Just like what I’ve learned about eczema, there doesn’t seem to be a cure for KP, so the best thing to do if it really bothers you is to manage it with skincare.
From what I’ve researched so far, the best way to manage KP is to: exfoliate and moisturise (and shave properly if it’s legs – or arms too if you shave there!).
As with facial skin, you can exfoliate two ways: mechanically (with scrubs/brushes/washcloths) or chemically (acids).
Using scrubs after soaking the skin can help on areas such as legs, as soaking opens up the pores so helps with exfoliation.
Some people with more sensitive skin may find using unscented products work better or skip using scrubs altogether as it can irritate the skin/make it worse. This is a personal choice that you have to decide through trial and error.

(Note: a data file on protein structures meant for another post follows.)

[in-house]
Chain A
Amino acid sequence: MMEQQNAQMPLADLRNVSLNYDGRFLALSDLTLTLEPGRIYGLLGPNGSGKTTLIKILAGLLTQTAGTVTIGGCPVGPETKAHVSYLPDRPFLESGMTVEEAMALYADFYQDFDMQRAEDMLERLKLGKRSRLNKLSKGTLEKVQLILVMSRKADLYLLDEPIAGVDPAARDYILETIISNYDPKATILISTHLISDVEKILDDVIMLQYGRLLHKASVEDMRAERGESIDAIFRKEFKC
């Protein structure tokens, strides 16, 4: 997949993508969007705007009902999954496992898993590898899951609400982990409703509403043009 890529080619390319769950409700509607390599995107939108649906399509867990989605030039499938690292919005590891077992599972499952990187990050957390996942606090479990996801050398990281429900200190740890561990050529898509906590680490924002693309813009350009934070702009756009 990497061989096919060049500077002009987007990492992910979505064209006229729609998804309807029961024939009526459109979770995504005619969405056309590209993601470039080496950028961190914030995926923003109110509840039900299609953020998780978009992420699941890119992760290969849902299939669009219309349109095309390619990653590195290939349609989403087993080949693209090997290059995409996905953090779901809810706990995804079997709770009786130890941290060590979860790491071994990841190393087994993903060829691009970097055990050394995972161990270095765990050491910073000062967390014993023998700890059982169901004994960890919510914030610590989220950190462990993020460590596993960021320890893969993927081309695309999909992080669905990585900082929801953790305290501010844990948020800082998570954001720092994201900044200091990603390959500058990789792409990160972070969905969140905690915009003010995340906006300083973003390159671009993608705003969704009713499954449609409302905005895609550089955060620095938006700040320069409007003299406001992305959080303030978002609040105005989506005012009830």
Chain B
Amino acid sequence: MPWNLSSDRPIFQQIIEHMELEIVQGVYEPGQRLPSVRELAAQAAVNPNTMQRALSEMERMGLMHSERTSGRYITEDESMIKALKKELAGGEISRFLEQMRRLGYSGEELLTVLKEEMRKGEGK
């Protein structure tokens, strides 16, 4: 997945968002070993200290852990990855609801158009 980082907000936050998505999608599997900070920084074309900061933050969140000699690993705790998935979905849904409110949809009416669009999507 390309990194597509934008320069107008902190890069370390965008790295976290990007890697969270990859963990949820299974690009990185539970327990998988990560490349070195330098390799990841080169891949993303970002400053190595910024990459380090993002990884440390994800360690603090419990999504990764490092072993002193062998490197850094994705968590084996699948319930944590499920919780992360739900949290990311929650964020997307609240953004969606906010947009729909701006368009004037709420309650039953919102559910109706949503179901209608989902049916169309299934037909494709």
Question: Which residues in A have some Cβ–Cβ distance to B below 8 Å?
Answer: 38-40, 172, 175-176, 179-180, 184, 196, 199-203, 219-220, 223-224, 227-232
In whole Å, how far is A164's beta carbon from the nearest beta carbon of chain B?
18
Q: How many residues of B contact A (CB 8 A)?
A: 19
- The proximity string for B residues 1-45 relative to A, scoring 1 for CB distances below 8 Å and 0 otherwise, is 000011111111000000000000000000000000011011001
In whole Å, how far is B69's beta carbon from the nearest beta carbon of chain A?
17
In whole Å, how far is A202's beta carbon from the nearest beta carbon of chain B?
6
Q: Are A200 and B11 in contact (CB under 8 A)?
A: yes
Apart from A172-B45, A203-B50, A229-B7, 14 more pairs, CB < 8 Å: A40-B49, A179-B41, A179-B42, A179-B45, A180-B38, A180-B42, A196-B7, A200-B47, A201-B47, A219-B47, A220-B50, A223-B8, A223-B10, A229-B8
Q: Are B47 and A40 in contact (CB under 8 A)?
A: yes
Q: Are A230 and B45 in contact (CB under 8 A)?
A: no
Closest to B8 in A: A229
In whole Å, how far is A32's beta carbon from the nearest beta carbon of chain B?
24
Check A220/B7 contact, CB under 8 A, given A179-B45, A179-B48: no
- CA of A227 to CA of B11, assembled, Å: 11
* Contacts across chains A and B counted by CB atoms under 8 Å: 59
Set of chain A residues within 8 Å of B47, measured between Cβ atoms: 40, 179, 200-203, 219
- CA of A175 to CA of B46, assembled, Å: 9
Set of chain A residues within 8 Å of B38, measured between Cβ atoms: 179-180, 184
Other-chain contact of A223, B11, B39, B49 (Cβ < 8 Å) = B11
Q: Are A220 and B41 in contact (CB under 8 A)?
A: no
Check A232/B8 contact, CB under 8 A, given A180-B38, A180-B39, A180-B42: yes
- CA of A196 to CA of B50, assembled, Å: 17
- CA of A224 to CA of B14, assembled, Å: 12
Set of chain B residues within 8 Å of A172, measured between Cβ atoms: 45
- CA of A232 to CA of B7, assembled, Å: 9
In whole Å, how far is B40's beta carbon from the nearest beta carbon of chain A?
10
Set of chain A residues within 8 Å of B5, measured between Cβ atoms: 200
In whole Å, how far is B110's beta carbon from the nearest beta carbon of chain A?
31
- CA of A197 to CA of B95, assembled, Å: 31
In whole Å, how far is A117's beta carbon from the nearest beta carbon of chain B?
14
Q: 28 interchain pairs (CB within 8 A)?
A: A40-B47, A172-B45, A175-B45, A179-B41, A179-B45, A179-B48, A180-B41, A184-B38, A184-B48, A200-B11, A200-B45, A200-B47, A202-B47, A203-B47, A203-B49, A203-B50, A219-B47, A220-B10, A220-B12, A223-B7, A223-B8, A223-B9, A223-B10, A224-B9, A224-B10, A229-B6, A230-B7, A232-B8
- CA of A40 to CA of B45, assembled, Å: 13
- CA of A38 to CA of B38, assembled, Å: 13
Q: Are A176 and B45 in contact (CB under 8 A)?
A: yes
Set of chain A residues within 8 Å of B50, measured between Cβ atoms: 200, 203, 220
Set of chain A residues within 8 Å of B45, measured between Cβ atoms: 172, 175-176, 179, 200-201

If you do want to use mechanical exfoliation and don’t want to spend extra, you could make your own scrub using:
- coconut oil and soft brown sugar or
- aloe vera, lemon juice and soft brown sugar
I wouldn’t personally use salt, as it can dry skin out further but some people say soaking in an Epsom Salts bath helps before scrubbing; again, trial and error.
Be careful not to over exfoliate even if you don’t have sensitive skin as it can damage or inflame the skin (or make KP worse!), so it’s best to remember to massage gently.
This will also differ based on skin sensitivity but both AHAs or BHAs could be used to help gently clear dead skin cells and help KP look less obvious.
If you check online reviews or YouTube videos, this method seems to be the most popular and effective way of helping manage KP.
(like glycolic acid and lactic acid) help by removing the surface layer of dead skin cells so can help relieve dry, dull, flaky skin.